Over the years, chip makers have moved to smaller and smaller processor nodes in an effort to fit more transistors into a smaller space to improve performance and efficiency. But different manufacturers use different technologies, so what one chip maker calls a 7nm processor may not have the same characteristics as a competitor’s.

Now Intel has announced plans to move away from using nanometers to describe its next-generation chips. The company’s upcoming Alder Lake chips will still be manufactured using on a 10nm node, but when they arrive later this year, they’ll be branded as Intel 7. And in 2022 when Intel “Meteor Lake” chips launch, they’ll be built on a 7nm node, but they’ll be known as Intel 4.

This move makes sense since the number is almost as meaningless as megahertz these days. But it also means that Intel, which is still making 10nm chips, doesn’t look as far behind AMD (7nm) and Apple (5nm).

Intel says some of the architecture changes coming in the next few years will bring higher levels of improvements than the move to a new processor node. For example, after Intel 4 comes Intel 3, which the company says will bring an 18% improvement in performance-per-watt compared with its predecessor, along with other changes including a denser, high performance library and increased use of EUV (Extreme ultraviolet lithography) technology.

Next up is will be Intel 20A, which is expected to come in 2024. It will introduce an entirely new transistor architecture that Intel called RibbonFet (replacing FinFET) and a new power system called PowerVia that uses the back of the chip for power routing, reducing noise in power delivery and freeing up resources on the front of the chip.

Intel is also already working on Intel 18A which is scheduled to launch in 2025, but the company isn’t providing many details about that yet.

But that’s all long-term stuff. In the short term, Intel says that the first Alder Lake/Intel 7 chips for mainstream computers will ship later this year, bringing a 10% to 15% improvement in performance-per-watt over 11th-gen “Tiger Lake” chips thanks to the use of Intel’s new “Enhanced SuperFin” manufacturing.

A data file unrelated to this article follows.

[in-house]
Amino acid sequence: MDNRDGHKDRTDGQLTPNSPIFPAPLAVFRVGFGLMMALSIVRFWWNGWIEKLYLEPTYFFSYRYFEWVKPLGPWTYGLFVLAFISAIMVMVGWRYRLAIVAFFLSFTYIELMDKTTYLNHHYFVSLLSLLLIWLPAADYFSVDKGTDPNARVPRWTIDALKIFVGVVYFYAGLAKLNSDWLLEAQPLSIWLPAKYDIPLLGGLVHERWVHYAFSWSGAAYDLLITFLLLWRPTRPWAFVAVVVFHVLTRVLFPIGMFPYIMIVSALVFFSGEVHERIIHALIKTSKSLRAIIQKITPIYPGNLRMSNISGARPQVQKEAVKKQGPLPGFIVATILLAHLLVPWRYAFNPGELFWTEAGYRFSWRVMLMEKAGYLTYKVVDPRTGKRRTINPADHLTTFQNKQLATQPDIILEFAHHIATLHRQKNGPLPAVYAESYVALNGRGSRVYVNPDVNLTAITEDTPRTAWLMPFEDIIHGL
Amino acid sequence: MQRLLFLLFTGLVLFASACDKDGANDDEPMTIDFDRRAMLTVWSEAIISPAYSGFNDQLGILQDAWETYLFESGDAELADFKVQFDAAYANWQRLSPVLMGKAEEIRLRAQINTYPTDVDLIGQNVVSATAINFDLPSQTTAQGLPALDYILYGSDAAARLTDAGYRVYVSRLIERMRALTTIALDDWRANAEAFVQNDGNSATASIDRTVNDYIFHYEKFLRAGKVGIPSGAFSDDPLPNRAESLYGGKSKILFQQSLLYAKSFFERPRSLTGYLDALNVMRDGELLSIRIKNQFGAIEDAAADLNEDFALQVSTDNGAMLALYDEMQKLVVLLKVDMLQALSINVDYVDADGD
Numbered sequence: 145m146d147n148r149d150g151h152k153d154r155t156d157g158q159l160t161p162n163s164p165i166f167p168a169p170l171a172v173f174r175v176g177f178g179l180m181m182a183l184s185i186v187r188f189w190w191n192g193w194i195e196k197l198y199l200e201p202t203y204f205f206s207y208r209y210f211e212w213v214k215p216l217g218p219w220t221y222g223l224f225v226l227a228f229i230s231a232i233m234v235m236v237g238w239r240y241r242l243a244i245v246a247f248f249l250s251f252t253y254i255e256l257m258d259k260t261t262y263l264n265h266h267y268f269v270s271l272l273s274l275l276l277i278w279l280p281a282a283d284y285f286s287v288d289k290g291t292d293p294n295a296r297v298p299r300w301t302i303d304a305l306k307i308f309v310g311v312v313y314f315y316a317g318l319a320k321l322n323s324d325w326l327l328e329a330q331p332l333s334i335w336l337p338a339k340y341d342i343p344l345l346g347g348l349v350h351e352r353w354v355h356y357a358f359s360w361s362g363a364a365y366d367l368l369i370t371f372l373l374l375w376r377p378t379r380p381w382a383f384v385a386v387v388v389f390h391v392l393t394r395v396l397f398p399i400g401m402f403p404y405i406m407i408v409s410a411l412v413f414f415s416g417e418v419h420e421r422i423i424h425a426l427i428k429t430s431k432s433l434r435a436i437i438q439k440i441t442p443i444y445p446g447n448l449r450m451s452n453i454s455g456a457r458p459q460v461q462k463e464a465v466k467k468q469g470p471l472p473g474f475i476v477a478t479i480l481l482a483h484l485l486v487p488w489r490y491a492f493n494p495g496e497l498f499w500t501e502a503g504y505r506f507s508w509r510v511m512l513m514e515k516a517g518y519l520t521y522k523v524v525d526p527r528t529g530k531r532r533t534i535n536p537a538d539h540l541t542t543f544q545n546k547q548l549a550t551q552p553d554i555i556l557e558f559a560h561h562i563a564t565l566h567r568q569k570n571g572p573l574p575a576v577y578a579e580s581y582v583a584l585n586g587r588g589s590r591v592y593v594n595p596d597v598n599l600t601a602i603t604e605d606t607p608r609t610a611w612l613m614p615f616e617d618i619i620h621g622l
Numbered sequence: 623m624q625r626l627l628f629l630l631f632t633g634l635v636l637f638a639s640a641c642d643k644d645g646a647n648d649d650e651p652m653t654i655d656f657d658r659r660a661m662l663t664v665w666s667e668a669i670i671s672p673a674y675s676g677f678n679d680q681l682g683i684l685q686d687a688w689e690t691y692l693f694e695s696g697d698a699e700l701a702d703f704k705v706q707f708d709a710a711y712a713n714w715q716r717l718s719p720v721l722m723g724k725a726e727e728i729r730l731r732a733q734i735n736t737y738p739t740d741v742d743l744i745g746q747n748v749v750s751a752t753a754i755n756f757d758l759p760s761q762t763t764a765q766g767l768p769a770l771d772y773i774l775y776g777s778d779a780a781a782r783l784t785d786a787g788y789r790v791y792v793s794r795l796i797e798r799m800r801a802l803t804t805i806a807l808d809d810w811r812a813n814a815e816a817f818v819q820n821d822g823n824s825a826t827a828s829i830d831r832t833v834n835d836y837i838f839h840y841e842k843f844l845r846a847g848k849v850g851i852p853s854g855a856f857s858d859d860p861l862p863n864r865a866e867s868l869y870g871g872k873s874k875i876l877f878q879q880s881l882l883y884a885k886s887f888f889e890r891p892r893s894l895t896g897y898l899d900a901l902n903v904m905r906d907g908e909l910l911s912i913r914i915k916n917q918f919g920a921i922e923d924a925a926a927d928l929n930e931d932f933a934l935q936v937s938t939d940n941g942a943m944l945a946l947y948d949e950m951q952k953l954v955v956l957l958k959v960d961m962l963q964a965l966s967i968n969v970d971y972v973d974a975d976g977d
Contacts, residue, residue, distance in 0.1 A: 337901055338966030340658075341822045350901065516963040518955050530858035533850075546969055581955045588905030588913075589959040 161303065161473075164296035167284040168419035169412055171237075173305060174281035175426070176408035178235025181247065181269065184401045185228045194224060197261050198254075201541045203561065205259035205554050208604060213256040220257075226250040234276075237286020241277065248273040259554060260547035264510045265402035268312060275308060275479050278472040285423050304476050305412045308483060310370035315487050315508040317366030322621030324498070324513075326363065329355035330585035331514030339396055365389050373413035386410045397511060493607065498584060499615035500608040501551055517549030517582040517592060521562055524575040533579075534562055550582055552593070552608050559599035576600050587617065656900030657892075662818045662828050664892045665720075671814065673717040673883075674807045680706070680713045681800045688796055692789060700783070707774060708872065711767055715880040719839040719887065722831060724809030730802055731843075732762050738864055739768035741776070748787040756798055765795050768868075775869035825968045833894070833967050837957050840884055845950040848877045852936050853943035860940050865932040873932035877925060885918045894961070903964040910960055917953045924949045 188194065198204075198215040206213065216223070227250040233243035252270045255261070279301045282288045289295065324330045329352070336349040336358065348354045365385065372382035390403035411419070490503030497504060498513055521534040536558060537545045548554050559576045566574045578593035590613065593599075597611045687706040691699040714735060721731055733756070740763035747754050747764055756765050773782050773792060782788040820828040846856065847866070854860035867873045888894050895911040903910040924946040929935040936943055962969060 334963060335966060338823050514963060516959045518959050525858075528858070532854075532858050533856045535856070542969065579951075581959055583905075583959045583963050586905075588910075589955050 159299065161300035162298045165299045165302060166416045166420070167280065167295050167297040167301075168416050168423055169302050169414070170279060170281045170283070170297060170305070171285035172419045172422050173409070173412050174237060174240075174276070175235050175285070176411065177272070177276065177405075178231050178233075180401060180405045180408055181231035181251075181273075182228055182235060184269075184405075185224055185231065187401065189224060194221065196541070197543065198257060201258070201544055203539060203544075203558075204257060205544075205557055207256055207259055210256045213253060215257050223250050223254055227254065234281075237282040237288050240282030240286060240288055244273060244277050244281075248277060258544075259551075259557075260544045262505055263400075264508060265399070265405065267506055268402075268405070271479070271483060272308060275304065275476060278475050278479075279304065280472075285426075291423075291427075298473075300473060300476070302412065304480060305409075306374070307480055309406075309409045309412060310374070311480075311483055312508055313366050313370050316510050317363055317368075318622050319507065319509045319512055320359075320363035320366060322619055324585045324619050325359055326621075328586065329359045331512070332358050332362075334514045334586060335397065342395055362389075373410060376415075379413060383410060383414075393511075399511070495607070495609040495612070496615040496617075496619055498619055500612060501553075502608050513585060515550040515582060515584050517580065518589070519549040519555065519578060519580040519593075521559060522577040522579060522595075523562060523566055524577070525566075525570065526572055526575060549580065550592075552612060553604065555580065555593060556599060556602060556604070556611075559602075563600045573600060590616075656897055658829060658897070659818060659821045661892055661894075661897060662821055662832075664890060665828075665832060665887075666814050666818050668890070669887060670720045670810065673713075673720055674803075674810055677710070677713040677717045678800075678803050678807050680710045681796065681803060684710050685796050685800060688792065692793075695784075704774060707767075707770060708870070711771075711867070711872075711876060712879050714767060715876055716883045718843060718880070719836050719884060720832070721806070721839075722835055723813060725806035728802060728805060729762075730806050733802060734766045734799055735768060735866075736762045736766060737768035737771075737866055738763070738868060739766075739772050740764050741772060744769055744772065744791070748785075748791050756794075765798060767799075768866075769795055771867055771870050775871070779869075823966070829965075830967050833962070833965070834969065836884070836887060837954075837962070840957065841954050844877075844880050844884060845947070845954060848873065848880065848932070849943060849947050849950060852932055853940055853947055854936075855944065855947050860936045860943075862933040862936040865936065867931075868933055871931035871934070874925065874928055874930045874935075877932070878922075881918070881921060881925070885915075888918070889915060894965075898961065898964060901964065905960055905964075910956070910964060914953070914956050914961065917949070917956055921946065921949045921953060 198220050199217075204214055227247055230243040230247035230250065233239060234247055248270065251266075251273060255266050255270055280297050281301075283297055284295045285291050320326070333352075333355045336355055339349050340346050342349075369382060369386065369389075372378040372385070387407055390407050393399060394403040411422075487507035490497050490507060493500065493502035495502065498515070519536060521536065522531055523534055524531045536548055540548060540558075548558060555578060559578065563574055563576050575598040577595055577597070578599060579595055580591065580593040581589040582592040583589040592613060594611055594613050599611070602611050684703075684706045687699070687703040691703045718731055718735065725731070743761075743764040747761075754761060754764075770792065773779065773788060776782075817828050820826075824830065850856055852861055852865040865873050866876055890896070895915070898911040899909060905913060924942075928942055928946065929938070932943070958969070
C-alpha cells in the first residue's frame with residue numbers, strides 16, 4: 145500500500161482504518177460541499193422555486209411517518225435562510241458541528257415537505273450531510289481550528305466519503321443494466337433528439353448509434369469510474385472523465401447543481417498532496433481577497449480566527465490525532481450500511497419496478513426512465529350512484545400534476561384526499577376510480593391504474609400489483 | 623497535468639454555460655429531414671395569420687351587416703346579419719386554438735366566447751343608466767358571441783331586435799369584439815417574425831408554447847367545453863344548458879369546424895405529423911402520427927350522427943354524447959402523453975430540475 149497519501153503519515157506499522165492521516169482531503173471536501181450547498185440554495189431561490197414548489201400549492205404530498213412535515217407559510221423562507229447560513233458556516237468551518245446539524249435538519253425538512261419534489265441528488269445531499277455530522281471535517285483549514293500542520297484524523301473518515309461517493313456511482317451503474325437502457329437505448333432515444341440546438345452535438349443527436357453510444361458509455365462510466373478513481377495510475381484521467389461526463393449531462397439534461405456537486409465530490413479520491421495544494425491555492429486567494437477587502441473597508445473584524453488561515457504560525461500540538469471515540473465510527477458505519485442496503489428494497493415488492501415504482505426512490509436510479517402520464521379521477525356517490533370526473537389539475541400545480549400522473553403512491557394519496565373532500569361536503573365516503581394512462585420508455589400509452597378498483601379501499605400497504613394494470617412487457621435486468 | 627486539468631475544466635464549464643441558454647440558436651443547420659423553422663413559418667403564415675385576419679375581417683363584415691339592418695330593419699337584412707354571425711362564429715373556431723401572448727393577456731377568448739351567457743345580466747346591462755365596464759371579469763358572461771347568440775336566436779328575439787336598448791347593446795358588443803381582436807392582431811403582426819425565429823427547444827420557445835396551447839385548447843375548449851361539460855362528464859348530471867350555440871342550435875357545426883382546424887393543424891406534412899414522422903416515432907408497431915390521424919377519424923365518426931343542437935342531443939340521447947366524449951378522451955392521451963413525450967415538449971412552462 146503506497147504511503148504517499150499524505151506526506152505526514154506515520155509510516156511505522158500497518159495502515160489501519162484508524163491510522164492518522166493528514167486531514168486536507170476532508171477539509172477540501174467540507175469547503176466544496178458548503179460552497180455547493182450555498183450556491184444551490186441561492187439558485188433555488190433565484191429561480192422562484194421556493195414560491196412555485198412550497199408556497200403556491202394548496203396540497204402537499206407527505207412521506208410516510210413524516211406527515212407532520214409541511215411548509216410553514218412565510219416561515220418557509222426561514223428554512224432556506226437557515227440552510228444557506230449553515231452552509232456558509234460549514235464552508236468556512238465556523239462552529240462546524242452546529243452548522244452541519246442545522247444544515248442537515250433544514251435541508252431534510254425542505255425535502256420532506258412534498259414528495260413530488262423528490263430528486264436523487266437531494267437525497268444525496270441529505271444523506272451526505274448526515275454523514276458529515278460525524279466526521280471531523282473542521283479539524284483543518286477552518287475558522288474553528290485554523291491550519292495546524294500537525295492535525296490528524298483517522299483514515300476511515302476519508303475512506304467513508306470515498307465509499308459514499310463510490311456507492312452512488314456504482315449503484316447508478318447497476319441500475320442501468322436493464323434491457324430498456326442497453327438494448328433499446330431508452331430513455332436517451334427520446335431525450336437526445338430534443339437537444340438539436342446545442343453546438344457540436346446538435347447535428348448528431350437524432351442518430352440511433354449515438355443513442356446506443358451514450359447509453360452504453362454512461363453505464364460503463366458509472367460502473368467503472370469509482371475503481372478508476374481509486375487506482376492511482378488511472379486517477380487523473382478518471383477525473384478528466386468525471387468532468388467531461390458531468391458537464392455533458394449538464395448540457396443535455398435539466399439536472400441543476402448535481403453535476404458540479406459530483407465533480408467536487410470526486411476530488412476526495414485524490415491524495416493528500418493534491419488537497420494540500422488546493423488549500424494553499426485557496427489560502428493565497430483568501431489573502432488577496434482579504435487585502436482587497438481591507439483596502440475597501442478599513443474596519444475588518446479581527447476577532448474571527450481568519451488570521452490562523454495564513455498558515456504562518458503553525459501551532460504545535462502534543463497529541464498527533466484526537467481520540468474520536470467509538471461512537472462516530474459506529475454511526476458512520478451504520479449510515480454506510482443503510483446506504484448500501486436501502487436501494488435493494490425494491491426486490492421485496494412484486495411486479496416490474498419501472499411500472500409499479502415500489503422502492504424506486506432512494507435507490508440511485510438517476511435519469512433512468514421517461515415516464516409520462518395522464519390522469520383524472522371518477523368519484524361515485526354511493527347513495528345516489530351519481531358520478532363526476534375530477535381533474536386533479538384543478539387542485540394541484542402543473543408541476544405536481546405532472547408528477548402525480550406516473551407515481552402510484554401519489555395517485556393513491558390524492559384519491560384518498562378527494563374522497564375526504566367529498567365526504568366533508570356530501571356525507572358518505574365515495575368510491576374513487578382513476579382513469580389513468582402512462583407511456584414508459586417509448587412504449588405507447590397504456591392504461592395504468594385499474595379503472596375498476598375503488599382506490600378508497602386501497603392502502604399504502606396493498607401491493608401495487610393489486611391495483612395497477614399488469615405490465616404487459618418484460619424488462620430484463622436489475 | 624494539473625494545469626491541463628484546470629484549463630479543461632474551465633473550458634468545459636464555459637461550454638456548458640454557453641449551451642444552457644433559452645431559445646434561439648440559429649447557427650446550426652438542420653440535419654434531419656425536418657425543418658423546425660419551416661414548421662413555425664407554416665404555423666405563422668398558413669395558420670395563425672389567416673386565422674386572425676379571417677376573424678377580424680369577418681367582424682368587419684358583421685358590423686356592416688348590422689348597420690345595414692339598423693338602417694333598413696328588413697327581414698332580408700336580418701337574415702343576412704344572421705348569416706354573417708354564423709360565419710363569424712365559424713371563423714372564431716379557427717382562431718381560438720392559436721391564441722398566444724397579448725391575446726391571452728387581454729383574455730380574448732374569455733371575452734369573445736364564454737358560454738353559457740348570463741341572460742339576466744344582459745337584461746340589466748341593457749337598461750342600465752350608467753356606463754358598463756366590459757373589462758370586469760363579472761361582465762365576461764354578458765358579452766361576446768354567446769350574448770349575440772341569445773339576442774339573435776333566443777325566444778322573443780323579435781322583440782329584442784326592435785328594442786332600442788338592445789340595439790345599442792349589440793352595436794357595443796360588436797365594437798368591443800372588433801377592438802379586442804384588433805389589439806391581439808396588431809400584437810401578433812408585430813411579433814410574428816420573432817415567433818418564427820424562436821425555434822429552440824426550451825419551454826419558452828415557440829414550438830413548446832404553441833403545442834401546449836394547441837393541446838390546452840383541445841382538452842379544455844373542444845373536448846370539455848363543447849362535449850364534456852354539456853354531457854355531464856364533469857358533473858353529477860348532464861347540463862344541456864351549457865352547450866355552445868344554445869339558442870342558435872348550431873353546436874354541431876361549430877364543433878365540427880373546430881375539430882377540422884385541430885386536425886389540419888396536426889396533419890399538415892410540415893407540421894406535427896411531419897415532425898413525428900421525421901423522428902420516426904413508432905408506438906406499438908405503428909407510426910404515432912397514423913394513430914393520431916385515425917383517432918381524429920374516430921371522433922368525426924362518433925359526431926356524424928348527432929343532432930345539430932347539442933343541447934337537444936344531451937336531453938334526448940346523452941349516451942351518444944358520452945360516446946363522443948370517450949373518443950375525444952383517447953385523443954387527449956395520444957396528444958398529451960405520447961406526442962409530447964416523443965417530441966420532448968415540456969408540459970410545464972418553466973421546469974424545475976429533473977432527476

In addition to designing and building its own chips, though, Intel’s long-term plans also include ramping up its contract manufacturing, and the company will make its new technologies available to rival chip designers.

Qualcomm has already announced plans to manufacture chips using Intel’s 20A technology. Amazon is also planning to use Intel Foundry Services to package upcoming chips. And Intel says it’s in talks with other semiconductor companies as well.

For a more in-depth look at Intel’s roadmap and what it could mean, I highly recommend checking out AnandTech’s deep dive.

via Intel (1)(2)(3)

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6 replies on “Intel’s 2025 roadmap: New architectures, new technologies, and the end of nanometer naming”

  1. To be honest, Intel is making the right moves here:

    1- swallow your pride, and use TSMC for your CPUs
    2- sell your older wafers to your competitors Qualcomm
    3- put your image/marketing inline with the competitors
    4- set up ambitious yet realistic goals for yourself

    Intel was the first to 16nm and they’ve heavily relied on it for 6 YEARS, that’s a lifetime in the tech industry. Granted there’s a substantial difference between the earliest (2014) 16nm, to the midlife (2017) node, and to the final (2020) wafer. The reason I bring this up is because the same thing applies to their 10nm nodes. Overall, they’re 2-years behind the competitor and its hurting their products, image, and business. Now to add that Intel’s wafers have traditionally been ahead of their competitors, so from a marketing viewpoint, they’re doing a disservice to the product. In general, the “nm” rating is most accurate (or best) from Intel, then Samsung, TSMC, Micron, GlobalFoundries, and lastly is SMIC.

    TSMC 28nm < Intel 32nm
    TSMC 20nm < Intel 22nm
    TSMC 16nm < Intel 14nm-early ~ TSMC 12nm
    < Intel +14nm ~ TSMC 10nm < Intel 14nm+++
    < Intel 10nm ~ TSMC 7nm ~ TSMC +7nm
    < Intel +10nm/7nm < TSMC 5nm ~ TSMC 4nm
    < Intel 5nm < TSMC 3nm < ????

  2. So is an Intel 7 better or worse than an Intel 3?


    btw I’m typing this on a MacBook M1. It’s incredible how much faster this thing is, battery lasts forever, and no fan. I run large statistical models all day long. I now use this tiny computer when I need the output quickly, rather than a large rig.

  3. tl;dr: Marketing seight of hand, Intel’s still behind by 1-2 process nodes.

  4. Intel is attempting to make things more confusing to hide the real numbers (deficits). It’s just smoke and mirrors. That’s all you need to know about Intel.

  5. Haha, this is hilarious, Intel thanks for the laugh 🙂
    If it is not obvious how far behind competition you are falling.
    (This reminds me of Nokia).
    You are making marketing naming even more confusing.
    Now every Intel chip has dozen different code names, families, series, generations, relations and combinations of them, and of course all meaningless.

    1. Intel has totally lost their marbles. Btw, maybe SMIC too can copy this “marketing remake”. Who needs nanometers right? Its gonna take a heck of a lot to sell consumers on this.

Comments are closed.